Olivia Cicchini, Employment Law Expert
(Last updated )
Olivia Cicchini, Employment Law Expert
(Last updated )
Despite progress in recent years, women in Canada still face significant underrepresentation in the workplace. According to Statistics Canada, in 2019 women earned an average of $28.06 per hour, while men earned $31.93. That’s a wage gap of 12.1%.
Women are also more likely to experience barriers to advancement, such as systemic biases, discrimination, and lack of access to networking and mentorship opportunities. The pandemic has further exacerbated these challenges, with women disproportionately affected by job losses and increased caregiving responsibilities.
As we celebrate International Women’s Day on March 8, it is crucial for Canadian employers to reflect on how they can better support and empower women in the workplace. A holiday that celebrates women and fights for their equal rights is the perfect occasion to review whether your workplace is doing its best to ensure female employees feel safe, respected, and valued.
Women continue to face significant barriers in the workplace, including unequal pay, a lack of representation in leadership positions, and discrimination and harassment. These barriers not only impact women’s careers but also have a negative impact on businesses and the economy as a whole. Studies have shown that diverse and inclusive workplaces are more innovative, productive, and profitable. Here are some ways Canadian employers can support women in the workplace:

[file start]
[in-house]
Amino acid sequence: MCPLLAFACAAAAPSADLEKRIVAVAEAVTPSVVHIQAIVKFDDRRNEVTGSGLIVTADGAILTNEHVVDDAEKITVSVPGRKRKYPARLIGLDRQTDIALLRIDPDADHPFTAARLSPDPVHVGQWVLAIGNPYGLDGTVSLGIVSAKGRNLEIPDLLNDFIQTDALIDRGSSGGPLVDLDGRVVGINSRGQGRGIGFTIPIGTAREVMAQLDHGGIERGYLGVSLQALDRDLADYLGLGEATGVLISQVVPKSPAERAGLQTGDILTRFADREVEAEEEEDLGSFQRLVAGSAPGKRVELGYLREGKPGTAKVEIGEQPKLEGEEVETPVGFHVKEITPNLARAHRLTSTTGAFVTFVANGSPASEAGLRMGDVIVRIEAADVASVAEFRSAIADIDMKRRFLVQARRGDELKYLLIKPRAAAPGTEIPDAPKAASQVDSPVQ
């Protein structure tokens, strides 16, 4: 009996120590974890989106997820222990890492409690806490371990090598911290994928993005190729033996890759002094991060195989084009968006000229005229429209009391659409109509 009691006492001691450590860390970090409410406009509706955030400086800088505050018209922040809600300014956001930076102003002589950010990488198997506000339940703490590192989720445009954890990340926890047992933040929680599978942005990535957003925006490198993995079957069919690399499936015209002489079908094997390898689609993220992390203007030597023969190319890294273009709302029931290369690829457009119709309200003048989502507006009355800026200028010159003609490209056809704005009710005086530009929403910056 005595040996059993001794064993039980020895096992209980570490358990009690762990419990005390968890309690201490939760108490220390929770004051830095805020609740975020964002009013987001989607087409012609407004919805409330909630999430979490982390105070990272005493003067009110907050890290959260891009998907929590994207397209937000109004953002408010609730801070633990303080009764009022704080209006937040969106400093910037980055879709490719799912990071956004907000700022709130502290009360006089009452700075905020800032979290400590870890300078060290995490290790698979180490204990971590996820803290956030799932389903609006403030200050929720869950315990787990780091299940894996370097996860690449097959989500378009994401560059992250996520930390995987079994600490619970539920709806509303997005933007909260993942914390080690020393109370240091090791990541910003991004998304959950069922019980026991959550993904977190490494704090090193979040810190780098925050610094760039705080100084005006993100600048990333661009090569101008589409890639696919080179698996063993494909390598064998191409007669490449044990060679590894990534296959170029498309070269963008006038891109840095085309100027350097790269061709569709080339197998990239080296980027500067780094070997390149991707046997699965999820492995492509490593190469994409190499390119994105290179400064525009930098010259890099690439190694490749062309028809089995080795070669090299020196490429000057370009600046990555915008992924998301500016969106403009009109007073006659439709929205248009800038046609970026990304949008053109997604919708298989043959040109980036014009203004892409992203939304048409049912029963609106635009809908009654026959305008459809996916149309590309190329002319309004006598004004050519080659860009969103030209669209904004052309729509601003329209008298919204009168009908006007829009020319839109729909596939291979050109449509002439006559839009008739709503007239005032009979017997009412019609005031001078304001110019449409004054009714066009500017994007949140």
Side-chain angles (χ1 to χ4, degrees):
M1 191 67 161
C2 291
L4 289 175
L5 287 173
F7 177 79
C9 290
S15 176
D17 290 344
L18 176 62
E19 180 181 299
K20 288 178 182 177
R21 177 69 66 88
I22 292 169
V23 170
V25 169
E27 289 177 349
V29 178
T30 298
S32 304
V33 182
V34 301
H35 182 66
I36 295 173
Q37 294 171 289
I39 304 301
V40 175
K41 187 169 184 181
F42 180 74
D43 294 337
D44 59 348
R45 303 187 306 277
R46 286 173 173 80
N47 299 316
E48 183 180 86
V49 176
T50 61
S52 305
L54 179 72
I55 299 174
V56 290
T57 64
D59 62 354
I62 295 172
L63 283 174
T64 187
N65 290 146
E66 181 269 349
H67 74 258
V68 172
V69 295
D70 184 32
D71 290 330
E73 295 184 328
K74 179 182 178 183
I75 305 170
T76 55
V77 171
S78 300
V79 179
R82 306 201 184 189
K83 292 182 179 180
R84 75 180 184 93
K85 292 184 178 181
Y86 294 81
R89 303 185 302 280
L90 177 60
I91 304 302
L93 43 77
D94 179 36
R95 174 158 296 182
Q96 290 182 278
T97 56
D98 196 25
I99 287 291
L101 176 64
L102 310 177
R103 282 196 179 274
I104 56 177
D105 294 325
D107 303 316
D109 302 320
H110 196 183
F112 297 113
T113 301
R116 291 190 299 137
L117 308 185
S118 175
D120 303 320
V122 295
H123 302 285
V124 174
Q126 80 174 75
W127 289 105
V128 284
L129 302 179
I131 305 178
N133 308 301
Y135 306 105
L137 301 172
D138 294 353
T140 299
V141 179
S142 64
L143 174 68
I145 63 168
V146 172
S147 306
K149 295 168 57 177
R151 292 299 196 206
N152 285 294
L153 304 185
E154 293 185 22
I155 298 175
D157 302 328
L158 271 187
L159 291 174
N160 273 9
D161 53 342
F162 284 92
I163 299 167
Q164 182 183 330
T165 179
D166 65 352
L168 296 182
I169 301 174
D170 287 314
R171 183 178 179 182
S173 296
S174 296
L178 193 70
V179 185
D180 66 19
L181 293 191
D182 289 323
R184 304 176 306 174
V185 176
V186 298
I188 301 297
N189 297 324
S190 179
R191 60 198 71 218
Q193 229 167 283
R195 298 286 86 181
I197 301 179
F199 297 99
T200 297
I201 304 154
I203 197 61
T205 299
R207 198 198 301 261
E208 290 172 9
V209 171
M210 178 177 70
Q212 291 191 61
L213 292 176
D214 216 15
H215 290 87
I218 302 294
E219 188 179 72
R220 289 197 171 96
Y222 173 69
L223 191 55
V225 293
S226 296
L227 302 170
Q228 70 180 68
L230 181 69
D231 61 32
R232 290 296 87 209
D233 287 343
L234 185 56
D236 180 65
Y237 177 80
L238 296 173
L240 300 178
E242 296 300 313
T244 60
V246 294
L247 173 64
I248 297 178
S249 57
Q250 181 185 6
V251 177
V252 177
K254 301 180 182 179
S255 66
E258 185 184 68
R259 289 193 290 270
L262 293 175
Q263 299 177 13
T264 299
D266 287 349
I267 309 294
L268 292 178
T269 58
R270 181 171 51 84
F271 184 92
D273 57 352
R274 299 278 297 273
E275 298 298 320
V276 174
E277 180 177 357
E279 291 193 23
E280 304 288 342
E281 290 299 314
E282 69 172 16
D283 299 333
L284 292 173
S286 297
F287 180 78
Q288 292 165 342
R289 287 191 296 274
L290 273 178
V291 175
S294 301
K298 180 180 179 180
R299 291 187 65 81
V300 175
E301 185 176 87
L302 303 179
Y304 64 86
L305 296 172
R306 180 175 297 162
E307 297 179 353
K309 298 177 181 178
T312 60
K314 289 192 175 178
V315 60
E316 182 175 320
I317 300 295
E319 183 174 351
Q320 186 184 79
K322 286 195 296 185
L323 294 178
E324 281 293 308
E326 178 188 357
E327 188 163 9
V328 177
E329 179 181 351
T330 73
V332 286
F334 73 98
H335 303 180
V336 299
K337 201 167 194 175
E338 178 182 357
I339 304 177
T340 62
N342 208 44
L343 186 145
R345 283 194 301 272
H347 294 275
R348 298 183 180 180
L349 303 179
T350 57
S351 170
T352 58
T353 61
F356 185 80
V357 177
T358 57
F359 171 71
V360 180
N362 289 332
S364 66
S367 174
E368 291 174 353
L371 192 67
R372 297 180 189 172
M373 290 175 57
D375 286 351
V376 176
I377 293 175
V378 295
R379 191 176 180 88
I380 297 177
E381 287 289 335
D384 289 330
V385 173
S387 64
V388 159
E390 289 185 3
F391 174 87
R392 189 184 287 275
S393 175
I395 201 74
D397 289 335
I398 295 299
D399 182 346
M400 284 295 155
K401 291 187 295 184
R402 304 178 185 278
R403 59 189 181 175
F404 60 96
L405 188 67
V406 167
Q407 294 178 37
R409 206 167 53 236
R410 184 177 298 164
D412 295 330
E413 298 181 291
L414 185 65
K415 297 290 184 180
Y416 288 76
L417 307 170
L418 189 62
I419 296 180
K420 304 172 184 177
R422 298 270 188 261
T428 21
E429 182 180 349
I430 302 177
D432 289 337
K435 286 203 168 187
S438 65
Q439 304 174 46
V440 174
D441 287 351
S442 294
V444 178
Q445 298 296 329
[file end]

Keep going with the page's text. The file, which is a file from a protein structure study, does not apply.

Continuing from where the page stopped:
Unfortunately, women in Canada continue to earn less than men. As an employer, you can take steps to address this by conducting regular pay equity audits to ensure that women are being paid fairly for their work.
You can also implement transparent salary structures and job evaluation systems that are free from bias and ensure that pay is based on job-related factors such as skills, experience, and responsibilities.
It is important for you to recognize and value the contributions of all your employees, regardless of gender, and to ensure that your compensation practices are equitable and consistent. You should also consider providing training and resources to your managers on how to identify and address pay disparities, as well as how to create a culture of pay equity in the workplace.
Women are more likely than men to take on caregiving responsibilities, which can make it difficult to balance work and family responsibilities. Offering flexible work arrangements such as flexible hours, telecommuting, and job sharing can help women manage their work and family responsibilities.
You should encourage employees to disconnect from work after they have finished their allotted time for the day. Employers should also urge employees to balance domestic obligations by encouraging male employees to utilize parental leave and support employees through back-to-work programs when they return from a long-term leave.
Women are underrepresented in leadership positions, which can limit their opportunities for advancement. As an employer, you can support women’s career advancement by offering leadership development programs, mentorship opportunities, and networking events.